In the spring of 1692, the regiment embarked for Flanders, to take part in the Nine Years' War (1688–97) in which Great Britain was engaged. Scarcely had it arrived at the seat of war, and taken post in one of the fortified towns of West Flanders, when King Louis XIV of France assembled his army near La Hogue and prepared a fleet to convey the troops to England, for the purpose of replacing King James on the throne. The regiment was immediately ordered to return. In the early part of May, it landed at Greenwich and was held in readiness to repel the invaders, should they venture to land. However, the French fleet sustained a decisive defeat off La Hogue, and the danger instantly vanished. The regiment was afterwards encamped near Portsmouth, and it formed part of an expedition under the Duke of Leinster, afterwards Duke Schomberg, against the coast of France; but Louis XIV expected a descent, and had drawn so many troops from the interior to the coast, that the Duke of Leinster did not venture to land. After menacing the French shores at several points, to produce a diversion in favour of the confederate army in the Netherlands, the fleet sailed to the Downs, from whence it proceeded to Ostend, where the troops landed: they took possession of and fortified the towns of Furnes and Dixmude, and several regiments afterwards returned to England. However, the regiment remained in Flanders. On 14 November, the colonel of the regiment, William Beveridge, was killed in a duel with one of the captains; and King William afterwards conferred the colonelcy of the regiment on John Tidcomb. In May 1693, the regiment took the field. On 29 July, it fought in the Battle of Landen. In the autumn, when the army separated for winter-quarters, the regiment marched into garrison at Bruges; at the same time parties were sent to England to procure recruits, to replace the losses sustained during this campaign. In the Spring of 1694, when the Allied army took the field, the regiment was left, with several other units, under Brigadier-General Sir David Collier, encamped near Ghent, to form a guard for the artillery, which was conveyed by water to Malines. On 4 June, the regiment joined the army at the camp near Louvain. The regiment was afterwards employed in several movements and then encamped at Mont Saint-André. The regiment was one of the units which attempted, by a forced march, to pass the French fortified lines and penetrate French Flanders; but the French gained the pass first and thus countered this manoeuvre. The regiment was subsequently encamped near Rousselaer, forming part of the covering army during the siege of Huy. Having to remain in the field during cold and wet weather, the soldiers erected huts of wood and straw. On 1 October, the huts of the regiment were accidentally set on fire and destroyed. The fortress of Huy having surrendered, the army separated for winter-quarters. In the second week in October, the regiment returned to Bruges. In May, the regiment marched from Bruges to Dixmude, where it pitched its tents, and remained several days. The Duke of Württemberg took the command of the troops assembled at this point, and advancing to the junction of the Loo and Dixmude canals, encamped before the fortress of Kenogue, upon which an attack was made for the purpose of drawing the French army that way, for the protection of their lines in West Flanders. The regiment took part in this service; its grenadier company was engaged in driving the French from the entrenchments and houses near the Loo canal, and in repulsing the attempts of the enemy to regain possession of them. A redoubt was afterwards taken, and a lodgement effected in the works at the bridge, in which services the regiment had several men killed and wounded. This demonstration having produced the desired effect, the strong fortress of Namur was exposed to an attack from the main army, and it was accordingly invested, and the siege commenced. The attack on Kenoque was then desisted in; the regiment was one of the units withdrawn from West Flanders, and joined the covering army, under the Prince of Vaudémont, at Wouterghem. From there, the regiment marched towards Namur, to take part in the siege. On arriving before Namur the regiment pitched its tents at Templeux, from whence it advanced and took its turn of duty in the trenches. On the evening of 8 July, the regiment supported the successful attacks on the covered-way near the hill of Bouge, suffering heavy losses. After these attacks, the regiment was relieved from duty in the trenches and returned to its camp at Templeux. On 16 July, the regiment was again on duty in the trenches. On 17 July, a detachment of the grenadiers of the regiment was in an attack upon the counterscarp. On 25 July, Namur surrendered, the garrison retiring to the castle. After the surrender of the town, the regiment quitted the lines of circumvallation, and joined the covering army under the Prince of Vaudémont. On 8 August, this army encamped near the village of Waterloo and afterwards took up a position near Namur. A numerous French army commanded by Maréchal Villeroy advanced to raise the siege of the castle, but the covering army occupied a position which was deemed too formidable to be attacked, and the French Maréchal withdrew without hazarding an engagement. A detachment from the grenadier company of the regiment quitted the covering army, and was engaged in the siege of the Castle of Namur. After the surrender of the Castle of Namur, the regiment remained a short time in the field, and subsequently marched into cantonments in the villages near the Bruges canal. In 1696, the regiment received orders to return to England, threatened by an invasion. On 22 March, it landed at Gravesend and proceeded to Canterbury and Feversharn. In November, it was sent to London and took the duty at the Tower.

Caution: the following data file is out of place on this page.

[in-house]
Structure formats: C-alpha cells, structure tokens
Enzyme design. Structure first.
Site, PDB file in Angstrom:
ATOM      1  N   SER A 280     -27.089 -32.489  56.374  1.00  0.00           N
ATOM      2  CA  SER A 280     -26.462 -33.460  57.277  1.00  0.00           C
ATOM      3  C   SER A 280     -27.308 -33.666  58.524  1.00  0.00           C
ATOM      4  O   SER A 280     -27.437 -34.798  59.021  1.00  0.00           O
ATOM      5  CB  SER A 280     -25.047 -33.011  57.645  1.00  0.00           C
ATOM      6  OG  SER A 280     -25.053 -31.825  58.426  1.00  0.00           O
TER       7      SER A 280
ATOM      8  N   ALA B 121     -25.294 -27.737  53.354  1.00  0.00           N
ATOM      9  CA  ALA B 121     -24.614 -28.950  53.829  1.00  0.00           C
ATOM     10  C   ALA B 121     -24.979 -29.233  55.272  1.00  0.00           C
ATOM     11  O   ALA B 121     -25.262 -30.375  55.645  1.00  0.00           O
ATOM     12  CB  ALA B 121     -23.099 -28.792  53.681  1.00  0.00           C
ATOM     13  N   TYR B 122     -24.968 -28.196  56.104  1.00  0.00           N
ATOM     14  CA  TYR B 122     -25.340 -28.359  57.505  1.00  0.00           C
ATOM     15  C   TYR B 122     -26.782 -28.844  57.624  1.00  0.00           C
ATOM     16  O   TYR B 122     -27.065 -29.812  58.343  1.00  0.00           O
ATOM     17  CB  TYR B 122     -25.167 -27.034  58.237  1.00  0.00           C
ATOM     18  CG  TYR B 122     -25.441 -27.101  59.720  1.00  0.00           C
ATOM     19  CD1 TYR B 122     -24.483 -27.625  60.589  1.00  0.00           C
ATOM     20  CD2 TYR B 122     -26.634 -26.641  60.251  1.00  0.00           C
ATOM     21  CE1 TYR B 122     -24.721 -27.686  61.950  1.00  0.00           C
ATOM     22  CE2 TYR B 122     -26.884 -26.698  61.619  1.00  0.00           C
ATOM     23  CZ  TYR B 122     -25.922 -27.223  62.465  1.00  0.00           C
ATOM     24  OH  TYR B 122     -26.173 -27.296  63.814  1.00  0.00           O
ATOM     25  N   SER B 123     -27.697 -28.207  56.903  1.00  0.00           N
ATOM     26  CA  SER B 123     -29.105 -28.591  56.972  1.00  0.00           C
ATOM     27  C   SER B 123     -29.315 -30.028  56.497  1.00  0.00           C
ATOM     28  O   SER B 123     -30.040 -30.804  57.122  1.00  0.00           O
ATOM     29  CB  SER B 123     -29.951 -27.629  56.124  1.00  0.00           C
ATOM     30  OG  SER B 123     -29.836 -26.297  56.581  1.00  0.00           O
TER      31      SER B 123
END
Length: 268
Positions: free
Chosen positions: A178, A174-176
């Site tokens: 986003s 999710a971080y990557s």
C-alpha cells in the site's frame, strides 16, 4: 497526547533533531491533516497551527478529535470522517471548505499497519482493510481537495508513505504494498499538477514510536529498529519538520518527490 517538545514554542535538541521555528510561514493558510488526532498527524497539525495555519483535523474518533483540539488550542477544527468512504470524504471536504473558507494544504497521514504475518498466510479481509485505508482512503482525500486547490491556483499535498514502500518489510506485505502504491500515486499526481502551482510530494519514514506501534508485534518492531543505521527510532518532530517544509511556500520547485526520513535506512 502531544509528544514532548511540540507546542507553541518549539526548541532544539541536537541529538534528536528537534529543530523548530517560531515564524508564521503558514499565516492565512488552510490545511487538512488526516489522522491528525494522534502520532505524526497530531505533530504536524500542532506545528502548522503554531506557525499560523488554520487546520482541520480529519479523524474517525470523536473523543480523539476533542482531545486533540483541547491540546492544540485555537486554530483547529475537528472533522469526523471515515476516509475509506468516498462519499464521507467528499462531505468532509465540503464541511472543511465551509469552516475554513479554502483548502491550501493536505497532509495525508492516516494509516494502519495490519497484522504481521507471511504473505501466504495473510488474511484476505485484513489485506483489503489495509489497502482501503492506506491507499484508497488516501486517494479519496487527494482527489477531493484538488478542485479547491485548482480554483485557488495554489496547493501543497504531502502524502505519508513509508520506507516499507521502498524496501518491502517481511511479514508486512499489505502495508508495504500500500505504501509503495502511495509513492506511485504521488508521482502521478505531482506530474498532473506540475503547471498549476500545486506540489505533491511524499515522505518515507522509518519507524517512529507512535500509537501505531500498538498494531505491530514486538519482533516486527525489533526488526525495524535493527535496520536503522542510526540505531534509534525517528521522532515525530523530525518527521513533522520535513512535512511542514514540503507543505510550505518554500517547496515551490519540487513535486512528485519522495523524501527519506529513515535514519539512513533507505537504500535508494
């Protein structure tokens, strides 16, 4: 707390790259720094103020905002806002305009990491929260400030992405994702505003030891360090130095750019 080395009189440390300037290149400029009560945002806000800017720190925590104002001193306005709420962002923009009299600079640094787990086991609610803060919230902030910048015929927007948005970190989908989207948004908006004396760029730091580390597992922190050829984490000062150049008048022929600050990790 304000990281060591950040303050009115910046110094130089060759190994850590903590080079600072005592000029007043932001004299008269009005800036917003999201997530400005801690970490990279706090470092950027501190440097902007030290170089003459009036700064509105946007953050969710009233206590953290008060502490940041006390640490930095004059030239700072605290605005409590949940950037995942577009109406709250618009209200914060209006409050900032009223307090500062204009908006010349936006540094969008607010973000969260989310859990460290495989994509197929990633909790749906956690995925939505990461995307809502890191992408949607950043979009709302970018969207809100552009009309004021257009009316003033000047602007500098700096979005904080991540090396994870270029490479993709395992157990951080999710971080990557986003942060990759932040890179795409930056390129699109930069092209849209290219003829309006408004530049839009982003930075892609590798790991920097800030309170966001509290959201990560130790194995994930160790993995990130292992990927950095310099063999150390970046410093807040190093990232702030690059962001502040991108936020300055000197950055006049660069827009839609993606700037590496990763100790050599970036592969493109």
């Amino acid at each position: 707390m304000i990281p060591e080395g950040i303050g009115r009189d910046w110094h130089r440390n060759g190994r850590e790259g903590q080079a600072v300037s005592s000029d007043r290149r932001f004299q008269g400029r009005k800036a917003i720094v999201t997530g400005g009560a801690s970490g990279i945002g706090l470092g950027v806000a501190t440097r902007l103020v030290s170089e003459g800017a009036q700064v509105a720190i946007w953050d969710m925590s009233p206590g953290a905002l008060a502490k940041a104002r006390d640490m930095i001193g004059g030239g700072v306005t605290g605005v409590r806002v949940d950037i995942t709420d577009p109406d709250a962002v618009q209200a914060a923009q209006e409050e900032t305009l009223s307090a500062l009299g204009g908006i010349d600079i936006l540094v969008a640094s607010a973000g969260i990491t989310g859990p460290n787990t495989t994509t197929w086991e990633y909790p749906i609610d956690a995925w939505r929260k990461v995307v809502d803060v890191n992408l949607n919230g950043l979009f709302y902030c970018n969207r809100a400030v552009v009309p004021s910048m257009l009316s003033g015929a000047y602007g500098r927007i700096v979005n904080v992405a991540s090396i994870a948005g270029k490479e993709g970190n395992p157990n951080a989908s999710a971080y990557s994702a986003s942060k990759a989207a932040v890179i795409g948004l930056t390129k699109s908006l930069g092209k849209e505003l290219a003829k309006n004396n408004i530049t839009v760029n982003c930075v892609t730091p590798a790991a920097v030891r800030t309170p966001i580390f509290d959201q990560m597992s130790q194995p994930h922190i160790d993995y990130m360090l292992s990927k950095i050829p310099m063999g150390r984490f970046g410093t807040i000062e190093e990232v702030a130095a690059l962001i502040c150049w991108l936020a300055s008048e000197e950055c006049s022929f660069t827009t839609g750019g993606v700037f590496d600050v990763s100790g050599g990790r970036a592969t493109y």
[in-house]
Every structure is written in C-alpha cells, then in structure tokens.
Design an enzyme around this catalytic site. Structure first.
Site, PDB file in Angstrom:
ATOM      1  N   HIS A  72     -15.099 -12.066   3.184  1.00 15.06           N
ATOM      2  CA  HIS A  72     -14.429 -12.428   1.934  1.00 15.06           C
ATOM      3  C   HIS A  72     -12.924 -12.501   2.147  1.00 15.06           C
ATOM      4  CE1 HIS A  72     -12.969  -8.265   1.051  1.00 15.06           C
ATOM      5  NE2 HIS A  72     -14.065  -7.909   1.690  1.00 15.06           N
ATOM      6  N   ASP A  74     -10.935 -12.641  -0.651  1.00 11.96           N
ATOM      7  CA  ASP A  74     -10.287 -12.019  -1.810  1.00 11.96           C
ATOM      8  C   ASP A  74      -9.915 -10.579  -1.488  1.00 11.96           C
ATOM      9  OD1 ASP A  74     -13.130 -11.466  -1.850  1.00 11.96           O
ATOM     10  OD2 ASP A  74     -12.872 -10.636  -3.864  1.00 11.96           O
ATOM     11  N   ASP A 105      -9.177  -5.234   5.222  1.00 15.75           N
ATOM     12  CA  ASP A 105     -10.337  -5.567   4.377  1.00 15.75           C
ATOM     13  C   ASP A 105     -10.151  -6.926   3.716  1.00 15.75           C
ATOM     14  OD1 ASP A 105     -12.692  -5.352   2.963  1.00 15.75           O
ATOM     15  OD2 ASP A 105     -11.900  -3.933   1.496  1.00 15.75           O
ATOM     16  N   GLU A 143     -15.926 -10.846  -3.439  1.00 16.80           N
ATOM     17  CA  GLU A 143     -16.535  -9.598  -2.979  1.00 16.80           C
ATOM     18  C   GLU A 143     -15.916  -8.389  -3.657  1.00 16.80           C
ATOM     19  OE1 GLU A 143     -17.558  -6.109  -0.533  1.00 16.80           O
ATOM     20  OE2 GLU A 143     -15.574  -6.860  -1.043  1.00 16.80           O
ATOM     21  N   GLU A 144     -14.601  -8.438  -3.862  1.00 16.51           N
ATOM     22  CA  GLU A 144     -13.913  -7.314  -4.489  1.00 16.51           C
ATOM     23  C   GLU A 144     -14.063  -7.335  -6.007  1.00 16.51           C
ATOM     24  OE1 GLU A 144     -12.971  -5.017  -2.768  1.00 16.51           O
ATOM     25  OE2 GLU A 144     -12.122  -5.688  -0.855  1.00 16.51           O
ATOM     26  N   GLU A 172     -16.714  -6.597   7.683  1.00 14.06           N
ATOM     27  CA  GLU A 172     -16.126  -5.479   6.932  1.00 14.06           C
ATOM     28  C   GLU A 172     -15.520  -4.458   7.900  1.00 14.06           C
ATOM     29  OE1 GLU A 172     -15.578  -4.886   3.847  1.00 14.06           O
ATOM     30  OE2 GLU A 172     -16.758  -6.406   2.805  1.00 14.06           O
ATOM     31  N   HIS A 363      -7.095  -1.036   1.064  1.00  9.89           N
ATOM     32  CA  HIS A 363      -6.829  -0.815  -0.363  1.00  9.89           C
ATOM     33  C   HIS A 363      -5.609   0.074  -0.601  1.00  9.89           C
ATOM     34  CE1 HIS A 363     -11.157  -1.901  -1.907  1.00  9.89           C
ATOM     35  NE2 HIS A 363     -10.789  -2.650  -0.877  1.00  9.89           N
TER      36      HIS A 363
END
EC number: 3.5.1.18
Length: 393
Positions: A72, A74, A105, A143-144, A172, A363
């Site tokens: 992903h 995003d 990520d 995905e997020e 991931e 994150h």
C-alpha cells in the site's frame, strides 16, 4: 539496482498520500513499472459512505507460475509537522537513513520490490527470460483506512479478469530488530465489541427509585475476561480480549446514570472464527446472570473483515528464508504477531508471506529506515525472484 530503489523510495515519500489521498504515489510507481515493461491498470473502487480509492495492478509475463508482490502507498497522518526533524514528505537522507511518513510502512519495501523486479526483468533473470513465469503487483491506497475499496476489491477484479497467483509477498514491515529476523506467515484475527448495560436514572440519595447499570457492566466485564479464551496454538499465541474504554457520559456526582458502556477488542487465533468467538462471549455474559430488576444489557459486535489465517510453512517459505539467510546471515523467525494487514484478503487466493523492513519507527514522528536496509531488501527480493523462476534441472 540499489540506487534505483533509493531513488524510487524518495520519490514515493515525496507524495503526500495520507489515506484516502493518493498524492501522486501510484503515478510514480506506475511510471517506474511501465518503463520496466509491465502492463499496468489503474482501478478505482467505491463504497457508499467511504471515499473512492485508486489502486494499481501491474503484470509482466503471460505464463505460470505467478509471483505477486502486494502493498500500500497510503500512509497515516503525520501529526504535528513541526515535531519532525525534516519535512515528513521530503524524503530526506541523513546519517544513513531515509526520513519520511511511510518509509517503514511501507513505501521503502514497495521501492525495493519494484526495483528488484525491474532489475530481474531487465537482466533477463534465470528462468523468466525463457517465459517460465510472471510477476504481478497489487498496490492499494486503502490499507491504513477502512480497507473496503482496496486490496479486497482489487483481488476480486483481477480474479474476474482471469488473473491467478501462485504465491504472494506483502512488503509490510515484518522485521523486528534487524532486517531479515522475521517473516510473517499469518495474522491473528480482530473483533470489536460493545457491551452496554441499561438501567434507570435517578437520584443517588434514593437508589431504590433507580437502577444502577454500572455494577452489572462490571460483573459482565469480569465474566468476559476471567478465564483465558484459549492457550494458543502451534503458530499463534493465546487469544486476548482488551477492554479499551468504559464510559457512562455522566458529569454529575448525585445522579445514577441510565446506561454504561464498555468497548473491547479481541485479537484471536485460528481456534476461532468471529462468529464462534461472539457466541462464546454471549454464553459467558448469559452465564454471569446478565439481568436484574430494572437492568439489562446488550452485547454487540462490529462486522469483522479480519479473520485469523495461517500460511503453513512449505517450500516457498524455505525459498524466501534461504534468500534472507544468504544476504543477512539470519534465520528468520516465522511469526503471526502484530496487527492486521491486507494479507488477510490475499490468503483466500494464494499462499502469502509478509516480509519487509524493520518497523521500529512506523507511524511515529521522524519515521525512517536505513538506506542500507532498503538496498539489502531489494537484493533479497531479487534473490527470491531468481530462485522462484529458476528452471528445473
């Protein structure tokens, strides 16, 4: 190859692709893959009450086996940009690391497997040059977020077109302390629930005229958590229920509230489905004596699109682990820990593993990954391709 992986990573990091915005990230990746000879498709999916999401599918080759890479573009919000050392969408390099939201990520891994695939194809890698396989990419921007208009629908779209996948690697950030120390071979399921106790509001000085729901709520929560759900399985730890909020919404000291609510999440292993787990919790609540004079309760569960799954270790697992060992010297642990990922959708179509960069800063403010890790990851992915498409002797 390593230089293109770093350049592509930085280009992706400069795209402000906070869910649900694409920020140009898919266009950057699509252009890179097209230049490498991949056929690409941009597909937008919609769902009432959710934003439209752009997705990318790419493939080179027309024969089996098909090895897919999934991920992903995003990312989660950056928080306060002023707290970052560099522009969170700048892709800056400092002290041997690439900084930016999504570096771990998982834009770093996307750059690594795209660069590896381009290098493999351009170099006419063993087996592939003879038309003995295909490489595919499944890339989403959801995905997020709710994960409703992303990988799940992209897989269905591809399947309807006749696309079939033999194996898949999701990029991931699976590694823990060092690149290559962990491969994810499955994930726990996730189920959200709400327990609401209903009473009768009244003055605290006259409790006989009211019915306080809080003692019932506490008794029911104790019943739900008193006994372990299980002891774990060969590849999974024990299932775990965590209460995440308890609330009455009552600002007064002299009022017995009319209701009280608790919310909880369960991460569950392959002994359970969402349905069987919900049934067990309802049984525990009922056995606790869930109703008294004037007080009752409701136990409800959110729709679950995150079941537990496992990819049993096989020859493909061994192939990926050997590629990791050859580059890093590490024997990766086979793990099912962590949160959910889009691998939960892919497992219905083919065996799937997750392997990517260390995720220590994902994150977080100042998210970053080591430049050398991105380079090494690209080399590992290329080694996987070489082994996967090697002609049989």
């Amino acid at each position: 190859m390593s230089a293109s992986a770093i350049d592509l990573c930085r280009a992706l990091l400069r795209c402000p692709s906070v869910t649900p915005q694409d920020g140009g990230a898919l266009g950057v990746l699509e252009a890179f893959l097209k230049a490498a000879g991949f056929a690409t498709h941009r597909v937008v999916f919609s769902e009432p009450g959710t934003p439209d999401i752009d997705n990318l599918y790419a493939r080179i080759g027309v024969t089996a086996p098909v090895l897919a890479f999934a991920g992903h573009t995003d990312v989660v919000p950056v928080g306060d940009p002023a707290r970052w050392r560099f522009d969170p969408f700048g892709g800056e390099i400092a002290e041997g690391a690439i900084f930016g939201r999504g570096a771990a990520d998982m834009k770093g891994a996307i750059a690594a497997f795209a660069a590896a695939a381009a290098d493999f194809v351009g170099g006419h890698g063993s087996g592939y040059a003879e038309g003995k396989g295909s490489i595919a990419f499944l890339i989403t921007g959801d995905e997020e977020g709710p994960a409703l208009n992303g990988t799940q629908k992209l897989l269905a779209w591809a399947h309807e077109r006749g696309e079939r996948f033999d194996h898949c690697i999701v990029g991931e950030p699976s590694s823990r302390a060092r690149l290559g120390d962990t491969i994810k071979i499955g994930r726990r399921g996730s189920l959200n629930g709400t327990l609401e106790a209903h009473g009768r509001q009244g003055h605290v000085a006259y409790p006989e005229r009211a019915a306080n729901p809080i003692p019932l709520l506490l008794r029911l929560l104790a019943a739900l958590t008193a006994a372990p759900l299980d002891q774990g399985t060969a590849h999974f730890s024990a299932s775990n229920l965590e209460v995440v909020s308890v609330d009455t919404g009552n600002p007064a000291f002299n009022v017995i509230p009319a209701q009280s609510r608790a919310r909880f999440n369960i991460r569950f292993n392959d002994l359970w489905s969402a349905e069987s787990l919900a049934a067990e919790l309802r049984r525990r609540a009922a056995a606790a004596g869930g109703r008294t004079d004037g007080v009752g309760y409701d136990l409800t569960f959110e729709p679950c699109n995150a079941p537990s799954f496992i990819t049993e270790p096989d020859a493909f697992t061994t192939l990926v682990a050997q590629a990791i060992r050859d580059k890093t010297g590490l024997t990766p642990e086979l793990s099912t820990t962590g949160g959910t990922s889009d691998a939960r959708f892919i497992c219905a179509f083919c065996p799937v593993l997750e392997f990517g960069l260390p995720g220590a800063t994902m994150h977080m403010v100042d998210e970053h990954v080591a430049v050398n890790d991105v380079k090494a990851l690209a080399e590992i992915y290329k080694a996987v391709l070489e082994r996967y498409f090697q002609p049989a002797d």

In 1698, soon after the restoration of peace, the regiment received orders to proceed to Ireland. In March, it landed at Belfast and Cork. At the same time it was placed upon a peace establishment.